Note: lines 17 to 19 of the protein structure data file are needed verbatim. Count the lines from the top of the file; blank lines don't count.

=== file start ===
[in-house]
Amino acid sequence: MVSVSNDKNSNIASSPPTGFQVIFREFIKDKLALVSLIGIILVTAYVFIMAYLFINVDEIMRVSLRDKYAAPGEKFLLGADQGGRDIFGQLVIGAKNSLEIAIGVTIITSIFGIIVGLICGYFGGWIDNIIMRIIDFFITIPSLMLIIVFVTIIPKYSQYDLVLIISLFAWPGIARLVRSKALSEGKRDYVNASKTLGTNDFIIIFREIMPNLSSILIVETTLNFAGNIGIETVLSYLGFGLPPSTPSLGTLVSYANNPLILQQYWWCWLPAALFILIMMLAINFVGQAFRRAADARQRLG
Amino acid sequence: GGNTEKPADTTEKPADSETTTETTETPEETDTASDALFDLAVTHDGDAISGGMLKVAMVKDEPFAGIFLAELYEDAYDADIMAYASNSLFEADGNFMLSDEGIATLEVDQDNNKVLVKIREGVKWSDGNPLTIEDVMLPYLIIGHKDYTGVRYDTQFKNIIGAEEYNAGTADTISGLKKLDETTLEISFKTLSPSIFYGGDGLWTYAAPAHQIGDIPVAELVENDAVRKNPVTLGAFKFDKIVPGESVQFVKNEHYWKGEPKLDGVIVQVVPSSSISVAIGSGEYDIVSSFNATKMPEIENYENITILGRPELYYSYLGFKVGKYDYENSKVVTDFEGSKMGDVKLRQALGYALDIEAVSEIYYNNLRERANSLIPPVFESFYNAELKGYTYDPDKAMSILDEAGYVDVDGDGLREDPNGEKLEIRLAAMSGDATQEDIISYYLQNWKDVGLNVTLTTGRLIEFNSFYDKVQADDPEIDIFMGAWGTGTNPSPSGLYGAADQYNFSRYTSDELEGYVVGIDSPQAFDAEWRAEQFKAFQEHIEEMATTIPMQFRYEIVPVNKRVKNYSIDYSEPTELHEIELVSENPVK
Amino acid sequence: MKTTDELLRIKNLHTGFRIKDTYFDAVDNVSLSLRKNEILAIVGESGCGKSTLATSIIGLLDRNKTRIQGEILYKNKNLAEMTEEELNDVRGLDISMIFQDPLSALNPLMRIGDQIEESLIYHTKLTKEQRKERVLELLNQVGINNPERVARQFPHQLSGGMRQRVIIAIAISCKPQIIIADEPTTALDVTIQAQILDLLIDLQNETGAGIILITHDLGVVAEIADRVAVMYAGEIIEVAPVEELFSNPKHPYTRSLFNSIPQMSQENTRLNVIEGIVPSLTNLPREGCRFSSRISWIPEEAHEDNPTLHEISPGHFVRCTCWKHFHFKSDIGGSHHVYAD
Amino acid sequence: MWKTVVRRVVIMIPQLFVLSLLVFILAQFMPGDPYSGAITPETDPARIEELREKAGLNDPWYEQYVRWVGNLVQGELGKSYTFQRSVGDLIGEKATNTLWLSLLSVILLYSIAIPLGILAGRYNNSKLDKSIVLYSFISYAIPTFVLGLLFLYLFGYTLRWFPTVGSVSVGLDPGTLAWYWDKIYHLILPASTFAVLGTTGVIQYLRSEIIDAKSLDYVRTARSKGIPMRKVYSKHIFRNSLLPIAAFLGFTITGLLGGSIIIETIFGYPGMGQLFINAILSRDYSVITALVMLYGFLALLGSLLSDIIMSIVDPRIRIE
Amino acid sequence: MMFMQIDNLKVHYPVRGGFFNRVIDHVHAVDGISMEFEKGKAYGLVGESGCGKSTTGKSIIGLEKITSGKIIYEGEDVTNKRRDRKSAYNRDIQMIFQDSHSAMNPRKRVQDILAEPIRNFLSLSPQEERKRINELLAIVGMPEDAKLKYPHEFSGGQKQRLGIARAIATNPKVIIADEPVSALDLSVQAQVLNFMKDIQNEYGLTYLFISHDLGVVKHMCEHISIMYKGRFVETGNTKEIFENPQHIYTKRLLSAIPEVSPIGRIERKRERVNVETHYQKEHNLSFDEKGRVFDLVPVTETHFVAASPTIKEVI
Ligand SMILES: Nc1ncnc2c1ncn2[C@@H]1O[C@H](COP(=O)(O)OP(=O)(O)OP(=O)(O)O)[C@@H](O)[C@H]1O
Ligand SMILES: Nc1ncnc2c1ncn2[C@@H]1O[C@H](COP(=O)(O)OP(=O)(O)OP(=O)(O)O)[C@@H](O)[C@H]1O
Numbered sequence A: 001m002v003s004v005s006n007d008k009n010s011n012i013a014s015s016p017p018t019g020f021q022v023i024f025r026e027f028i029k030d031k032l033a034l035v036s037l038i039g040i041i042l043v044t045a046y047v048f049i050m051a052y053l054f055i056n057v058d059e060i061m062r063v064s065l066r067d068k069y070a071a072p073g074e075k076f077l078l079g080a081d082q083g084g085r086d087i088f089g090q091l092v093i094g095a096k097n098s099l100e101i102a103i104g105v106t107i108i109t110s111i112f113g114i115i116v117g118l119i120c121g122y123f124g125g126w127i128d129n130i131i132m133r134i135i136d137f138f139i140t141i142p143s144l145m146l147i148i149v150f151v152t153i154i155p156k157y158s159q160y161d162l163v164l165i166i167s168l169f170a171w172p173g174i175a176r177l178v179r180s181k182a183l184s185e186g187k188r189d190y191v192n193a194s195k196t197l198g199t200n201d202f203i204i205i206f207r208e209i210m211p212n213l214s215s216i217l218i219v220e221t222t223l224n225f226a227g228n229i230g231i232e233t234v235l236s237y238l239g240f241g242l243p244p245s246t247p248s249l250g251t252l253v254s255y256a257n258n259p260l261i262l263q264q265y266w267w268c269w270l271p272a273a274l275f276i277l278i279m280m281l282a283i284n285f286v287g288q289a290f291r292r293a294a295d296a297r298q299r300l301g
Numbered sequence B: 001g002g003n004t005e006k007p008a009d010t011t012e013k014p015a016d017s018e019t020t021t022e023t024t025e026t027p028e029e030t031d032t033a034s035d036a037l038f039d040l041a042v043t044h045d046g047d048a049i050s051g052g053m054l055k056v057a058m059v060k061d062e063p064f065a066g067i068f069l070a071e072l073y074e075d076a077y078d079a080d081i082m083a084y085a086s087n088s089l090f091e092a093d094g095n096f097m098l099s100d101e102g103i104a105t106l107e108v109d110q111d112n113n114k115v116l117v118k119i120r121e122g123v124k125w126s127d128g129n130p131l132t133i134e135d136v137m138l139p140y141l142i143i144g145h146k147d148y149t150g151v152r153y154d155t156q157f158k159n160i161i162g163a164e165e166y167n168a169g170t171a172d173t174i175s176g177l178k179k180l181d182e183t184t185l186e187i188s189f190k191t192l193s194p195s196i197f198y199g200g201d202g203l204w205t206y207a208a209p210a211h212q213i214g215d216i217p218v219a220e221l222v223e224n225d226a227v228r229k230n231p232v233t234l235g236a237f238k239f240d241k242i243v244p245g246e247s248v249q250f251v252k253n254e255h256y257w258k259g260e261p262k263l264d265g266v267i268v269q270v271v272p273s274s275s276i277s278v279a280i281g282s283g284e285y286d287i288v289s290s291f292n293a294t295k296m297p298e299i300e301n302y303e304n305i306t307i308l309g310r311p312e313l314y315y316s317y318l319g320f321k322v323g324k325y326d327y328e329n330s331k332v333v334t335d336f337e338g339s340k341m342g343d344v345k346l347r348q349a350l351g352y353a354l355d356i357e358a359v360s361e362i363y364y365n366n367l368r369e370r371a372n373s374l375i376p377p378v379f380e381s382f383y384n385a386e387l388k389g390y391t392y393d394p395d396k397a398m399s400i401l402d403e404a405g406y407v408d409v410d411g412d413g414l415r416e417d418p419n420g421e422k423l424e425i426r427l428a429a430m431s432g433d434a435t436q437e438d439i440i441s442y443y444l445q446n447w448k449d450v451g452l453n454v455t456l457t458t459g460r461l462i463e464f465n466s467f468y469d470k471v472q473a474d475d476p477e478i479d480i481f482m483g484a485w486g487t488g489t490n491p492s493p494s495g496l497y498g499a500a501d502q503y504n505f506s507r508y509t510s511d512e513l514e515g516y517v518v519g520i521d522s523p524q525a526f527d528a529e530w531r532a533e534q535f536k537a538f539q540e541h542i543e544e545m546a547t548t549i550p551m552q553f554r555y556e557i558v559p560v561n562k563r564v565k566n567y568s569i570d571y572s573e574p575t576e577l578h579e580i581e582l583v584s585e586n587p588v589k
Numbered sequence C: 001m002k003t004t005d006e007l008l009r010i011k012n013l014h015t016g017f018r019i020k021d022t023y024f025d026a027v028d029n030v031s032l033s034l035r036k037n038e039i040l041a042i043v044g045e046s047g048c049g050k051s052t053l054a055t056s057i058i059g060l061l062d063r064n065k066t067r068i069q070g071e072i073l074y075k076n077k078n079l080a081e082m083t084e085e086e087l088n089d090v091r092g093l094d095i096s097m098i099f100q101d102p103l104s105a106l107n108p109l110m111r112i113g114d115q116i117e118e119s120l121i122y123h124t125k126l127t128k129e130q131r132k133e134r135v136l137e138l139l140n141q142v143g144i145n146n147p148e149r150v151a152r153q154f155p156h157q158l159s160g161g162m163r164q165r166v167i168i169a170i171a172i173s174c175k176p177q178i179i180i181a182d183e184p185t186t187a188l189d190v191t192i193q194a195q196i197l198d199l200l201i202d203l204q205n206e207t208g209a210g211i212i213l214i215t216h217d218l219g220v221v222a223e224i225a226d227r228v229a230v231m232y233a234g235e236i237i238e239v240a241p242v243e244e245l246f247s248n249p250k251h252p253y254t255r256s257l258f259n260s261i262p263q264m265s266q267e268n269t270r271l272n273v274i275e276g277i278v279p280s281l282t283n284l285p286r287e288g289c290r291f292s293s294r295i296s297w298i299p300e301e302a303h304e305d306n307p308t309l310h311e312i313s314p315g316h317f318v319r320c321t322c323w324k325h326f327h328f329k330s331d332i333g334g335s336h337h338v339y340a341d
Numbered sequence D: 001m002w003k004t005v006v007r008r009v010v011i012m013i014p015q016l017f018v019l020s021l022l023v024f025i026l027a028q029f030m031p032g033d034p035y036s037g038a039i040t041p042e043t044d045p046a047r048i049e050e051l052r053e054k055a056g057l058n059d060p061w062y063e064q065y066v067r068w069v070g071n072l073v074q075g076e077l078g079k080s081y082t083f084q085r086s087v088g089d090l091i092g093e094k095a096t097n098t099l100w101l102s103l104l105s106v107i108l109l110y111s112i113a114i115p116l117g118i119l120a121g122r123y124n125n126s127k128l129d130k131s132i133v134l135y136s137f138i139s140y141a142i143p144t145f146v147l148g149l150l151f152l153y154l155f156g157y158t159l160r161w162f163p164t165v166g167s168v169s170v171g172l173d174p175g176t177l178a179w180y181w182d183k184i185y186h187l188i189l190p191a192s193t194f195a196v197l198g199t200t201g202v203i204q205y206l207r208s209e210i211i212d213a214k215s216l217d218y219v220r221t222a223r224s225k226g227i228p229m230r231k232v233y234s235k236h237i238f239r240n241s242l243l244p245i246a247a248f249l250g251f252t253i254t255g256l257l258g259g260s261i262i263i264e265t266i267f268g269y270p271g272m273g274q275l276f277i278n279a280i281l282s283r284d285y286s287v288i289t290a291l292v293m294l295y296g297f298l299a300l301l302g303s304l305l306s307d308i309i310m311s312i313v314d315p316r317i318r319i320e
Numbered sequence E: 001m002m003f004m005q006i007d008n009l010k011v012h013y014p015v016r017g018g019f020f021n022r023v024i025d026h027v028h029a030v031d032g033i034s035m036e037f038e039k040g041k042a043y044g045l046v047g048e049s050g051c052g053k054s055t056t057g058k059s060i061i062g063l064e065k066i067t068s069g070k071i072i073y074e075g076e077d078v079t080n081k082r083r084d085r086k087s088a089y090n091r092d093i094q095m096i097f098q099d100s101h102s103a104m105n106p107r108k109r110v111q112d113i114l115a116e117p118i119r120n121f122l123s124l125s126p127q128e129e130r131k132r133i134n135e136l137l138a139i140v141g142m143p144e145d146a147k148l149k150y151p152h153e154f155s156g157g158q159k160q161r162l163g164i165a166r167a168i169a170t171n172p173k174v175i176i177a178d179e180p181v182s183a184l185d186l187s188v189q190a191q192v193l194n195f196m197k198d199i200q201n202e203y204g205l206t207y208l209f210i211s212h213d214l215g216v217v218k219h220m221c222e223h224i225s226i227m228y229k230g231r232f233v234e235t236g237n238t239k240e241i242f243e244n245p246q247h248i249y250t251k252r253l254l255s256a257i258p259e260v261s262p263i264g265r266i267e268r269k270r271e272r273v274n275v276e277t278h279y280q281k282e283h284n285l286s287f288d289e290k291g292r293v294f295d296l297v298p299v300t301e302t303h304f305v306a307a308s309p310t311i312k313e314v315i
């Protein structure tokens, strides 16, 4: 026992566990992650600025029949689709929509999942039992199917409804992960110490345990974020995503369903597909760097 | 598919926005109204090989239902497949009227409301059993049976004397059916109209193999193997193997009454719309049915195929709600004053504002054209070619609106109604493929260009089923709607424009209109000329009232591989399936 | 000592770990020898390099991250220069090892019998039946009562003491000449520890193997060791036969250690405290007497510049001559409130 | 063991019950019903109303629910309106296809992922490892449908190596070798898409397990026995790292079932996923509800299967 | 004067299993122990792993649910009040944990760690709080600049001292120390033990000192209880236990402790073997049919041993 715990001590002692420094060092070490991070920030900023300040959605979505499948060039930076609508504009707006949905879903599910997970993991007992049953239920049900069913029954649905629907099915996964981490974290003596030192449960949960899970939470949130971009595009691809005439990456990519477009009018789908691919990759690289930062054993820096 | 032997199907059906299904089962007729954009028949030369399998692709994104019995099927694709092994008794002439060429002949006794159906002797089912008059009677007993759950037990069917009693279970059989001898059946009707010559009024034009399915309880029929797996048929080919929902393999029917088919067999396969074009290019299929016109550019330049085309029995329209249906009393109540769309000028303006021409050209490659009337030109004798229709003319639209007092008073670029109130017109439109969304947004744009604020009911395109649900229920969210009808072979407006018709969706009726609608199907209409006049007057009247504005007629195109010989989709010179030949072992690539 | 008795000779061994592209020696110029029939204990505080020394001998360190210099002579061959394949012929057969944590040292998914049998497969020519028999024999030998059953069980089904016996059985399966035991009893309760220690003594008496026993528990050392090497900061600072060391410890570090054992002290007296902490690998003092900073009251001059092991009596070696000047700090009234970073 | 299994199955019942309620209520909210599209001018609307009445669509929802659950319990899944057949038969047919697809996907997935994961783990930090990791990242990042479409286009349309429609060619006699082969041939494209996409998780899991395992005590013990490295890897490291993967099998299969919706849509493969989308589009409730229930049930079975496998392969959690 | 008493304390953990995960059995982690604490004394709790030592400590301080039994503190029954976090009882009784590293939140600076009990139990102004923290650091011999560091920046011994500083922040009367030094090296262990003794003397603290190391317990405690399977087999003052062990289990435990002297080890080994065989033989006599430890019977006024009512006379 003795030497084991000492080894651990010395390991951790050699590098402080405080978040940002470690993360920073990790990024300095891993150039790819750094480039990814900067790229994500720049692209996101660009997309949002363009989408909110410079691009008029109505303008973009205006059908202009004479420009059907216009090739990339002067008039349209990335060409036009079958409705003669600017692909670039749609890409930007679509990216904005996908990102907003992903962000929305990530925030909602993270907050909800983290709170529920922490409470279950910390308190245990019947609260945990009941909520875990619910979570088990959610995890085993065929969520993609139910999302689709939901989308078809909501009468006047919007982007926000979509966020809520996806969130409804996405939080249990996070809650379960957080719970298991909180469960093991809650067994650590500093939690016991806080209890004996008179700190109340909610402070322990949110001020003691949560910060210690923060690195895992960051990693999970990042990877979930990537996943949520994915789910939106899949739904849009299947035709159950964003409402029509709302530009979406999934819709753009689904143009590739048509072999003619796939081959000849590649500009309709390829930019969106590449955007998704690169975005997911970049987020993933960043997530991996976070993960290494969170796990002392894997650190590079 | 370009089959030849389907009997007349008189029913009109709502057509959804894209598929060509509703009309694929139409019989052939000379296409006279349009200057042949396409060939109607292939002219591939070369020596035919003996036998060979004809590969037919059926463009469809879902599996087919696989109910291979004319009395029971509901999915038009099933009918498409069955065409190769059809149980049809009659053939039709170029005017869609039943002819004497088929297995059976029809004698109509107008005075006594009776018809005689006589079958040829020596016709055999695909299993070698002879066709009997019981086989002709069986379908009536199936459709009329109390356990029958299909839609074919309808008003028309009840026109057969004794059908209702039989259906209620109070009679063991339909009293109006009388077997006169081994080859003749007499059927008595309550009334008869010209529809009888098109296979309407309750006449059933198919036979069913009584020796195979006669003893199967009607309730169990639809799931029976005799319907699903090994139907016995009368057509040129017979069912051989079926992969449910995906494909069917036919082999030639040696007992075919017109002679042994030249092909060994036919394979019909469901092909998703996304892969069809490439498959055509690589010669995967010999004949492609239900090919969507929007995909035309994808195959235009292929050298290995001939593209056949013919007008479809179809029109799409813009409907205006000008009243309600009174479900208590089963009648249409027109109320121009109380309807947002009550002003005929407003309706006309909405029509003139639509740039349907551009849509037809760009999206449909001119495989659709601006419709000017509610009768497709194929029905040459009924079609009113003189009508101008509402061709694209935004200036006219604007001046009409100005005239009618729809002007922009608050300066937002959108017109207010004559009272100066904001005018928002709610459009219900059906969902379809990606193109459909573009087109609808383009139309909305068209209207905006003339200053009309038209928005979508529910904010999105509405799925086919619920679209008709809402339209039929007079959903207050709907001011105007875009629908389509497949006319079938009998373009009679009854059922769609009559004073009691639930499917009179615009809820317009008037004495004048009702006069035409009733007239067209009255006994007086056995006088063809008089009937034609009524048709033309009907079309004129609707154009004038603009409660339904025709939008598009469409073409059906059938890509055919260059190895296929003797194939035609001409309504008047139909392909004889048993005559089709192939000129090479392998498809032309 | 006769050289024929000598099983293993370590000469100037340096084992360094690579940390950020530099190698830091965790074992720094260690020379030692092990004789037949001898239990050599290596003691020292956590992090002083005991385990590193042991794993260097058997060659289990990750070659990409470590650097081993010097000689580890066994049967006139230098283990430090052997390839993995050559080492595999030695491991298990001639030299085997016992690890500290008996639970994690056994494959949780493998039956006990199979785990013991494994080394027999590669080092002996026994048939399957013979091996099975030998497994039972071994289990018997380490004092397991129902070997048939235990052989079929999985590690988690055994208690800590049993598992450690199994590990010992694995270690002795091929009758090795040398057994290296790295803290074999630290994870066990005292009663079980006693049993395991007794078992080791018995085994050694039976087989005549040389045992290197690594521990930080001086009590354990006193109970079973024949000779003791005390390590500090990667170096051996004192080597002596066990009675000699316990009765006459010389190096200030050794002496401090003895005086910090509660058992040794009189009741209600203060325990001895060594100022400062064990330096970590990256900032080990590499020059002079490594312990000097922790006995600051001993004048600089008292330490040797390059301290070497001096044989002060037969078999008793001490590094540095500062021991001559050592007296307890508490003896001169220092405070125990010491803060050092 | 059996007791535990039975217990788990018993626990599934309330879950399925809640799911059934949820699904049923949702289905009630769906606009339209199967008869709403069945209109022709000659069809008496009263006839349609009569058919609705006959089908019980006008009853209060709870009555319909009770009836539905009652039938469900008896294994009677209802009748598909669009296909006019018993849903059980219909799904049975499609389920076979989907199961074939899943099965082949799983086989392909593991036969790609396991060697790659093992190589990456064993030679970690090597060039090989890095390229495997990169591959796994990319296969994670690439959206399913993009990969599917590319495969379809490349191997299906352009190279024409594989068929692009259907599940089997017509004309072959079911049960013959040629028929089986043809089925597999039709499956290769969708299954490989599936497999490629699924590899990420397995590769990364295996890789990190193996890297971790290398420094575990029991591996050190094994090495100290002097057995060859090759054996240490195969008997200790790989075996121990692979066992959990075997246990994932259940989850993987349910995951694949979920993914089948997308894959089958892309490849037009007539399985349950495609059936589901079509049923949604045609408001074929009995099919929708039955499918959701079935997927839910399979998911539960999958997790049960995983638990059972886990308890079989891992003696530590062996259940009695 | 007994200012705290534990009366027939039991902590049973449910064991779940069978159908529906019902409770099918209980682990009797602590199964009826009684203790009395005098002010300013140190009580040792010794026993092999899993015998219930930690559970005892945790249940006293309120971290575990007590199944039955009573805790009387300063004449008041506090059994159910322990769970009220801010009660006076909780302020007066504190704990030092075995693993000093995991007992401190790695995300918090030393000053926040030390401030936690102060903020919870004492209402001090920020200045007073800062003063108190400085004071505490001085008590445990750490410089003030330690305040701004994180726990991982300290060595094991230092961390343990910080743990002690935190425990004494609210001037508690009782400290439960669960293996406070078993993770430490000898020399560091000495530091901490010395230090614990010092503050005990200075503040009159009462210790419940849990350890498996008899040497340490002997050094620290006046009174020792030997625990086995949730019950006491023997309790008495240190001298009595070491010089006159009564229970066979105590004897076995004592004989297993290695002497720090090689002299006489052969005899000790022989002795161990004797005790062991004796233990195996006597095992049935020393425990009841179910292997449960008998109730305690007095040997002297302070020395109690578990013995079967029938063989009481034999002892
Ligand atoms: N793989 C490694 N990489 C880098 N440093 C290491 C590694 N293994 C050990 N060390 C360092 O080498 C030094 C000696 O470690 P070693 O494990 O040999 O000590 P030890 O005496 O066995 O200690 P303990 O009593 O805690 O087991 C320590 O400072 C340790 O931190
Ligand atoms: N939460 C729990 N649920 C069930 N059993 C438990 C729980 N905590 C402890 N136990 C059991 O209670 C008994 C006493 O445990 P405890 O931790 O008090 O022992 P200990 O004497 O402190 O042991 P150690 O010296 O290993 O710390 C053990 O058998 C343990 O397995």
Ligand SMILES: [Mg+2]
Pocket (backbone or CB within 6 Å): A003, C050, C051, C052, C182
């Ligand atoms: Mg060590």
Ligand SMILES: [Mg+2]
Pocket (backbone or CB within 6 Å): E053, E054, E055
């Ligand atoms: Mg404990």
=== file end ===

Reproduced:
Ligand SMILES: [Mg+2]
Pocket (backbone or CB within 6 Å): A003, C050, C051, C052, C182
């Ligand atoms: Mg060590």